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Examine the Dramatic Importance of the Five Major Soliloquies From Hamlet

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29 October 2000 Harshil Shah Examine the Dramatic Importance of the Five Major Soliloquies From Hamlet A soliloquy is a dramatic device which allows a character to reveal his thoughts to the audience, but not to the other characters on stage. It gives a clear insight into the character's thoughts, character and intentions, all of which can be withheld from the other characters in the play, often creating dramatic irony. In Hamlet's soliloquies, Hamlet always tells the truth, but only the partial and subjective truth he himself knows or believes, so the audience can hear different opinions of the same events. Hamlet's soliloquies are varied, each having different purposes, and the large number of soliloquies in Hamlet indicates the importance of Hamlet's thoughts in the play. During a soliloquy, a character such as Hamlet can reveal a lot of information. He can inform the audience about himself, including his character, his mood, his opinions and his relationships with other characters in the play. He can also reveal what has happened in the play so far and fill in gaps in the audience's understanding of the plot. In the same way, he can hint at what is to come in the future. ...read more.


After a very short period of time, Hamlet appears depressed and suicidal in his next soliloquy, which reveals his state of mind. It seems strange that he should be contemplating suicide having had such a good idea in the last scene which he hasn't yet carried out, but this soliloquy may be part of his "antic disposition" which is to be said in front of the King and Polonius. If this is not the case, the soliloquy shows his mental instability by changing so fast from cheerful to depressed. Although the audience learns about Hamlet's philosophy of the futility of life, he doesn't really want to die, since he seems scared of the "dread of something after death" (3.1.78). Instead he wants to simply not exist in order that he doesn't have any responsibilities. Hamlet also suggests that the ghost he saw wasn't real by saying that "no traveller returns" from death, which supports his idea to test if the ghost was real by 'The Mousetrap'. Hamlet further resolves to avenge his father's murder at the end, rather like the end of the second soliloquy. The Christian views on suicide of the time are shown. In the Elizabethan era, people believed suicide was wrong, which adds to the conflict between Hamlet's problems and his religion. ...read more.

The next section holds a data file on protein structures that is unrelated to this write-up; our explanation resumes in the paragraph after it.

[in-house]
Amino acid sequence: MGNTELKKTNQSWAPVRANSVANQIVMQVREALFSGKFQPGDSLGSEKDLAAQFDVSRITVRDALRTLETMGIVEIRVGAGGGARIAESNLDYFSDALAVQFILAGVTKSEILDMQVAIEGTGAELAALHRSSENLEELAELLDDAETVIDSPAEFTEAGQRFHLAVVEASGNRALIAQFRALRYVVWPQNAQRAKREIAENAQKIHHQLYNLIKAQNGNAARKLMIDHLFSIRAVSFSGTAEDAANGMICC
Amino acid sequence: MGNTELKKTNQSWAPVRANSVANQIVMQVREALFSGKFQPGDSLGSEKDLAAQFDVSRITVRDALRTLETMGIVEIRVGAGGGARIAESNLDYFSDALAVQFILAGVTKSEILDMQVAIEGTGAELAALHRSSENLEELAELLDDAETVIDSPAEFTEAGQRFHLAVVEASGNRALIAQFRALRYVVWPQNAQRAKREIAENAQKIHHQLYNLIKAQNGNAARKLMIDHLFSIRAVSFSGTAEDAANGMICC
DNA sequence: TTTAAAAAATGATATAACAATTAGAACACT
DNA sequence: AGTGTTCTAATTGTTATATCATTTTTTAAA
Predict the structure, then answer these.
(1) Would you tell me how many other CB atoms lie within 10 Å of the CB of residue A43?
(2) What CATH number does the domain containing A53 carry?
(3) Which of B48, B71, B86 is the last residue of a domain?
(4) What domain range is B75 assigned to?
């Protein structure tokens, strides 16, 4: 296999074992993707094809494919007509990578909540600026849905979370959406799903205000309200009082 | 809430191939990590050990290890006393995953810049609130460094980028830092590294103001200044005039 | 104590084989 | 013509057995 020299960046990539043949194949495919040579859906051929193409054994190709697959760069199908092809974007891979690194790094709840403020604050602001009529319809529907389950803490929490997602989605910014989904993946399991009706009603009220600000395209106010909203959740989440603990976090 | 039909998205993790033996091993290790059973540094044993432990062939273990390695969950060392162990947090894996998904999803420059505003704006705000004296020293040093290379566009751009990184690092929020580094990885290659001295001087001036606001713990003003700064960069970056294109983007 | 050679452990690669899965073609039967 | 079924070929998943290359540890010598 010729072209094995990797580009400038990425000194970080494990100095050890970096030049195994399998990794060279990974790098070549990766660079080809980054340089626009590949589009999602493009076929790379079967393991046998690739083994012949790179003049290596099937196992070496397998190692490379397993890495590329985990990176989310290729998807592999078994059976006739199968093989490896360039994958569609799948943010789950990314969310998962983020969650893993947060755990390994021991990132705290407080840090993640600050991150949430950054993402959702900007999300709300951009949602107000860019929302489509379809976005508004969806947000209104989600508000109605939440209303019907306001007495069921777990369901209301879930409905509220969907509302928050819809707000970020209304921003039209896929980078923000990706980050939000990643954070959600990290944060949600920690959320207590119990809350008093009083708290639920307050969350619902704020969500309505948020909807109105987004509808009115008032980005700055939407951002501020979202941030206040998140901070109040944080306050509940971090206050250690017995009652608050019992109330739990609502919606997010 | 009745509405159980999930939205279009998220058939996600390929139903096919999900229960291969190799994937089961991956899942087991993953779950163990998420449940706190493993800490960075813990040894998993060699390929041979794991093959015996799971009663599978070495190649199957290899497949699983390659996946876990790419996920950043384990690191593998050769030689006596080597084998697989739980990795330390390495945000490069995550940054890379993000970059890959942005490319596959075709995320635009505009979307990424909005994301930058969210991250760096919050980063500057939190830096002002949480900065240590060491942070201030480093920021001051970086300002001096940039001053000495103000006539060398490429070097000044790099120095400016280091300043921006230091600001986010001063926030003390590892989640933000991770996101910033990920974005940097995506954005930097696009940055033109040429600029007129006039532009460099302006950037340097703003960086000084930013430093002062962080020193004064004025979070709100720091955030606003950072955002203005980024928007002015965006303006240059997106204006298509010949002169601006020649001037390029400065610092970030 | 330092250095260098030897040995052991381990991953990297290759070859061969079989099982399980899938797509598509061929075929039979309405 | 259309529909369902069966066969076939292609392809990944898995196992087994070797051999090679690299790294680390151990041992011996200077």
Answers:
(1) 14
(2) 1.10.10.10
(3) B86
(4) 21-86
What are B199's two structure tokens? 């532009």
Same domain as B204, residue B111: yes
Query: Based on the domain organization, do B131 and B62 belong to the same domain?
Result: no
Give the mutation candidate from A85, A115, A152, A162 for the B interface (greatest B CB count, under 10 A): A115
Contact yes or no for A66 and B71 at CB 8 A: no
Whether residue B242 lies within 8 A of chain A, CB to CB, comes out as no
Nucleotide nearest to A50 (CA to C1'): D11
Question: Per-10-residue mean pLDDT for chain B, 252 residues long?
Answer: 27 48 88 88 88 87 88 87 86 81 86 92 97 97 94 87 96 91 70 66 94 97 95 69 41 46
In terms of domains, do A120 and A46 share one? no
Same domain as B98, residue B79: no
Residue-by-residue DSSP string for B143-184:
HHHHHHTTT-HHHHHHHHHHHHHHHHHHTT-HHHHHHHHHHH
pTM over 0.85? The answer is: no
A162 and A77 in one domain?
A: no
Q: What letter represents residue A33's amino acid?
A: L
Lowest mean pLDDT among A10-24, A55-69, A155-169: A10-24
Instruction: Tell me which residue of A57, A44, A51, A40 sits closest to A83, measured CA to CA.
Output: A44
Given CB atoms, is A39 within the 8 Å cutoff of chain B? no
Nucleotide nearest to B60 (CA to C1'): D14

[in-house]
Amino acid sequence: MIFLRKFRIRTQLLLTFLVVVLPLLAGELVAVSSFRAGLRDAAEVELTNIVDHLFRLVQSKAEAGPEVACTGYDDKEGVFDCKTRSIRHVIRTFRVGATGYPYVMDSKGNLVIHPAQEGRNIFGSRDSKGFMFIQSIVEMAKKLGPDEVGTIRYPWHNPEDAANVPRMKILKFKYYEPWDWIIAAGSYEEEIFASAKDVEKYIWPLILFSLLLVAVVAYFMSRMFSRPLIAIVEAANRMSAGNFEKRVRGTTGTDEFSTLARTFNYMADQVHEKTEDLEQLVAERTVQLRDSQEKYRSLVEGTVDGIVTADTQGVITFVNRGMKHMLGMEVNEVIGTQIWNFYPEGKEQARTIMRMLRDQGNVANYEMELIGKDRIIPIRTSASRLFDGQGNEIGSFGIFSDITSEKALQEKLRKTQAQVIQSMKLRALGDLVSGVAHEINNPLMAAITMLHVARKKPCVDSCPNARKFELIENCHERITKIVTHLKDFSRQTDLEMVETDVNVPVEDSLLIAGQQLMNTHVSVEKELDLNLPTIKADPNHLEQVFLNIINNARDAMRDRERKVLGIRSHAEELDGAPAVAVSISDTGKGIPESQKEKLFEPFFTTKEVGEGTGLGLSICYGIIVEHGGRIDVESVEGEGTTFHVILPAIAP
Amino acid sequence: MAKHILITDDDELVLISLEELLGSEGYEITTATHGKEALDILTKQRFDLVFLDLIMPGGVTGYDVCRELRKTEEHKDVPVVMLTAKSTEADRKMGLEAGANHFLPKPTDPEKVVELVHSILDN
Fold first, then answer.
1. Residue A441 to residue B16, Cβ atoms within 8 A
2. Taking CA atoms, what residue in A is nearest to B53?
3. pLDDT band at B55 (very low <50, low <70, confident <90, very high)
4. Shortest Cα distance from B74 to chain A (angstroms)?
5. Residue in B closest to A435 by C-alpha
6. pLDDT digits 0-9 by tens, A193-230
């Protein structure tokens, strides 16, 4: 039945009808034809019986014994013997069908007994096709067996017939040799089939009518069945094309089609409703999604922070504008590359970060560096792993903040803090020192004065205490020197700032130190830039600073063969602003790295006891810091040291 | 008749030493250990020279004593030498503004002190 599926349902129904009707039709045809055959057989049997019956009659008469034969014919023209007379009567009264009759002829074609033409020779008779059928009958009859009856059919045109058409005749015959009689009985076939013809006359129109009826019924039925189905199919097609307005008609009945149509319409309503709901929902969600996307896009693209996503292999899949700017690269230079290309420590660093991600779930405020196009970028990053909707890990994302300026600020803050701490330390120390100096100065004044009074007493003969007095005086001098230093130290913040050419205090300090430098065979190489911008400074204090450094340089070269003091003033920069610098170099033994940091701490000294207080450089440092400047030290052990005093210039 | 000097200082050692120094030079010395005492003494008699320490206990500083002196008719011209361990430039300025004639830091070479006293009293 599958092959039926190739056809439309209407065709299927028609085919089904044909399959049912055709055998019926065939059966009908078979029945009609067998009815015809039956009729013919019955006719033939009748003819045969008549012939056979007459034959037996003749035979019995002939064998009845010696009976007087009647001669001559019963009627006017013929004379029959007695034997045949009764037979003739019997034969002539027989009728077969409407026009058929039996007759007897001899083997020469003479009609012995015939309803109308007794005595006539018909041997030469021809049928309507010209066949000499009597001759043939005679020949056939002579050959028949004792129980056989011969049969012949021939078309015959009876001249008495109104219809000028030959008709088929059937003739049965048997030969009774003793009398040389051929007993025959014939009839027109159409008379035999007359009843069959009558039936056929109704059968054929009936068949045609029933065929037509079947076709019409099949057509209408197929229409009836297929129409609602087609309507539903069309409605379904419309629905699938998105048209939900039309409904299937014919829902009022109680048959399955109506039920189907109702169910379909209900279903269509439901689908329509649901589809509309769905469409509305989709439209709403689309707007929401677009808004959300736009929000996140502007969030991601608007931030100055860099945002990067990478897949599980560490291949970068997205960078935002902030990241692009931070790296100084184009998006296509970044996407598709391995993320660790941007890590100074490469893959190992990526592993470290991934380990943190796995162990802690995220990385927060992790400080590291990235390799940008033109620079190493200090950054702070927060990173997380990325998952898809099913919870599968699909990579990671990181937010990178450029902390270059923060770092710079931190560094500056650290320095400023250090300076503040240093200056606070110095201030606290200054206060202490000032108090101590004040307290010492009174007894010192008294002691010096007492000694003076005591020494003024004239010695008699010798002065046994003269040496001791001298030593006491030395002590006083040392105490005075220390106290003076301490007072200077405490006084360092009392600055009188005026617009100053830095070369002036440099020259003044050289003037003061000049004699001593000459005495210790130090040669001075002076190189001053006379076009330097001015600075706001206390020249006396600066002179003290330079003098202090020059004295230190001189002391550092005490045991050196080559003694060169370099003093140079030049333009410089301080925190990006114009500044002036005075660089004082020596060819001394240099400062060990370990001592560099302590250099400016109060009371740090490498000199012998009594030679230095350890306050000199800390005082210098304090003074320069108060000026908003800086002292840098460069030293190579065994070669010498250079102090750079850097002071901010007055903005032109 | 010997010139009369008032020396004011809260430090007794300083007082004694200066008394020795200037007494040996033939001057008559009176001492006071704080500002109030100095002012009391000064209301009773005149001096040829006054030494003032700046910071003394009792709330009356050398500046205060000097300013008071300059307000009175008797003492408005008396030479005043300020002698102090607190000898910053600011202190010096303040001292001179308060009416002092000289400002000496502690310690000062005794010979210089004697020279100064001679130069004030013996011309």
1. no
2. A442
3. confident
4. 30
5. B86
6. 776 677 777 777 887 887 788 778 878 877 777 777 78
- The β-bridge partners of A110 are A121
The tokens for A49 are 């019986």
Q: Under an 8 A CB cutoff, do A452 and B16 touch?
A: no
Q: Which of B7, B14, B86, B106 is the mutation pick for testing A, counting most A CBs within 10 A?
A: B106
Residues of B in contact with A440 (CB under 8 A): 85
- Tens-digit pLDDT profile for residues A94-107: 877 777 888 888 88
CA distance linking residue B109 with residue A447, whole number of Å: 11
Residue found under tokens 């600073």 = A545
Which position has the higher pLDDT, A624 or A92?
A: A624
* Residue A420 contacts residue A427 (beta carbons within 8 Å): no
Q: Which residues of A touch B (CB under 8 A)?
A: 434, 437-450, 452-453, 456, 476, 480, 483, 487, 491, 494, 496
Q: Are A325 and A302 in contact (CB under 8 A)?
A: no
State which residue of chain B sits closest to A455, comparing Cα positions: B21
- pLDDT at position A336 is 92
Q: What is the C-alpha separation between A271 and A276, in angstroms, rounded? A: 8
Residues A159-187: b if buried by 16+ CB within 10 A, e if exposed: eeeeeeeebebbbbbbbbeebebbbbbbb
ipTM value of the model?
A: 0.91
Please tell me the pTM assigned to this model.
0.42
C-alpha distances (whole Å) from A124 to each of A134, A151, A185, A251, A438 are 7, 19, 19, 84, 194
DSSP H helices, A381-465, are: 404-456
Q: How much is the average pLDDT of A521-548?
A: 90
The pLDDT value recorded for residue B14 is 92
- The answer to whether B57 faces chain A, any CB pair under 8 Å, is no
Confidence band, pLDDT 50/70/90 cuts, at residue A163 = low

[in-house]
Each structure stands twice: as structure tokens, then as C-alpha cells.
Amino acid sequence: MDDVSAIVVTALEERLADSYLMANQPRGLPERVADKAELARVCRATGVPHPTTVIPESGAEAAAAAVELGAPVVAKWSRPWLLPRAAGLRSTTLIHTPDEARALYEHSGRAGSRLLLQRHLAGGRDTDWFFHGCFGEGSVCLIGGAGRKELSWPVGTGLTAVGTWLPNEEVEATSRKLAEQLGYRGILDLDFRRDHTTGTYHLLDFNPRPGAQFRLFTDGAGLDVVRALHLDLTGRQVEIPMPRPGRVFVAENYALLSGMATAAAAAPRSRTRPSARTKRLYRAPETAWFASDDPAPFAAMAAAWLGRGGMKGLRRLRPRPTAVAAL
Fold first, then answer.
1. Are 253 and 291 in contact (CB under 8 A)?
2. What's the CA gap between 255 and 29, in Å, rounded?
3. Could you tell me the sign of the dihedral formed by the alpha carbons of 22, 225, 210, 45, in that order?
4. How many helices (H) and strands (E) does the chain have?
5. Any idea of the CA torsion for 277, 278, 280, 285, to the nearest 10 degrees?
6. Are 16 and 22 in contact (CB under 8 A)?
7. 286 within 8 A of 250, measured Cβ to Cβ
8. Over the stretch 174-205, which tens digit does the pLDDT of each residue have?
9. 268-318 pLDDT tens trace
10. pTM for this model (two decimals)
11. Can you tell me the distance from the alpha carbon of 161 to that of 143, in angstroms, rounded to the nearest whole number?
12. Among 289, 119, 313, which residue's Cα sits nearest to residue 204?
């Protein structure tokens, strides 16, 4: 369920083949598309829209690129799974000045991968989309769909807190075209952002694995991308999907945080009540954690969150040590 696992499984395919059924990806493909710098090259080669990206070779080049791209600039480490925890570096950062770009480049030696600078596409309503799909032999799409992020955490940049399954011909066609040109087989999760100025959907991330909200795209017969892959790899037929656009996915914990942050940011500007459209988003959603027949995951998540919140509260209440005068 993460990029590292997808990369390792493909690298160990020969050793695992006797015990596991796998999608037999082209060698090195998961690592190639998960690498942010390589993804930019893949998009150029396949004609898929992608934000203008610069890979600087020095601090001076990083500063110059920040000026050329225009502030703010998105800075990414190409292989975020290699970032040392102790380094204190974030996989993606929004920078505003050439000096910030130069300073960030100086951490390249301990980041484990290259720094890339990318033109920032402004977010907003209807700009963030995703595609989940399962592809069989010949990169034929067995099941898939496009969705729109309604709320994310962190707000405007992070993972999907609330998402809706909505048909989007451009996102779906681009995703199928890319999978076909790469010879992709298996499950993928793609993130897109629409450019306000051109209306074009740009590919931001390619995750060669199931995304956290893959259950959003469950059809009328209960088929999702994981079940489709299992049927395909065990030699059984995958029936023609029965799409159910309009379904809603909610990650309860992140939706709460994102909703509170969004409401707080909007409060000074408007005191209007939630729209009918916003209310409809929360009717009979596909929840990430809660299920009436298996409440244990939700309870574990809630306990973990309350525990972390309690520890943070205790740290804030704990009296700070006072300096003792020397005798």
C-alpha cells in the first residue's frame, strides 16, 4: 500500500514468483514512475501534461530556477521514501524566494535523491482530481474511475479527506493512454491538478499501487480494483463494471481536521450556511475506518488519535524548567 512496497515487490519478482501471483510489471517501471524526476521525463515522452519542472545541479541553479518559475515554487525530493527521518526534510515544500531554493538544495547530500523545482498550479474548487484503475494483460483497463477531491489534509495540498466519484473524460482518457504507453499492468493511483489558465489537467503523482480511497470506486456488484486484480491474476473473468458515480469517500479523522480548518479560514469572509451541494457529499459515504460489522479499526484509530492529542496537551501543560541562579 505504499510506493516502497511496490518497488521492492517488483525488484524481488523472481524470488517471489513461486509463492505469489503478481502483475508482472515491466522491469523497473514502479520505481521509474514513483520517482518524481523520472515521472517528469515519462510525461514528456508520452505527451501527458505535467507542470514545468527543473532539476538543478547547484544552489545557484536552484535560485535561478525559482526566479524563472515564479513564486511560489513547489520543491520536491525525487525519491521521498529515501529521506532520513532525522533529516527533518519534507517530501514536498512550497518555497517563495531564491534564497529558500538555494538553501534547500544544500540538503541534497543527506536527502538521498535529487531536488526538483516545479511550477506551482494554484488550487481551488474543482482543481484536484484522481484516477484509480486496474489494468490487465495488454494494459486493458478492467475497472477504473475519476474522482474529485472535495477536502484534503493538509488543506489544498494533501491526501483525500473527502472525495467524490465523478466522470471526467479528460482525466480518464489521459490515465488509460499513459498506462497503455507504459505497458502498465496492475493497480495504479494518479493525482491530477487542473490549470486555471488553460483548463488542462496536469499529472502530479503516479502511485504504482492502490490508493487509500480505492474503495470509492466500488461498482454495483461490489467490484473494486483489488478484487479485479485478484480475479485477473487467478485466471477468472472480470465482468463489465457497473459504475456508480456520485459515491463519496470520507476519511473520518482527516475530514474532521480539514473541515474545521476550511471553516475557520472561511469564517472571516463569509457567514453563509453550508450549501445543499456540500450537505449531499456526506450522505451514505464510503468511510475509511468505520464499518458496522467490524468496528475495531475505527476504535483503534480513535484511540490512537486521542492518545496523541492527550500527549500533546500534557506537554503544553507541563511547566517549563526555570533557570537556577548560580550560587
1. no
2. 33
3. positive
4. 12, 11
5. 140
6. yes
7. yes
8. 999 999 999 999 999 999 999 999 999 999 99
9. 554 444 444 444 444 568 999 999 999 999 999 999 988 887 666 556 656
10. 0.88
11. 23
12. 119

In a film, this can be presented as a voice over, such as in the Kenneth Brannagh film where Hamlet is seen pacing up and down a room on his own, talking to himself. On the other hand, a character can deliver the soliloquy directly to the audience, which implies that he is trying to convince or persuade people to see his point of view, or he is explaining the reasons for his actions. This is like the Stephen Daldry production of An Inspector Calls in which Sheila addresses the audience directly when she is confessing to what she did. The way in which the soliloquies are presented emphasize different aspects of it and how the audience will react to it. Each soliloquy reveals something new to the audience, so they are all individually important. Put together however, the soliloquies are very useful dramatic devices which inform the audience of simple things such as information about the characters and also more complex aspects of the play such as tension and dramatic irony. The many different purposes of soliloquies makes them very significant in all plays, especially Hamlet since this play would not be able to be so complicated without the many soliloquies in it. Harshil Shah 11C Examine the Dramatic Importance of the Five Major Soliloquies From Hamlet Harshil Shah 1 2/15/2006 ...read more.

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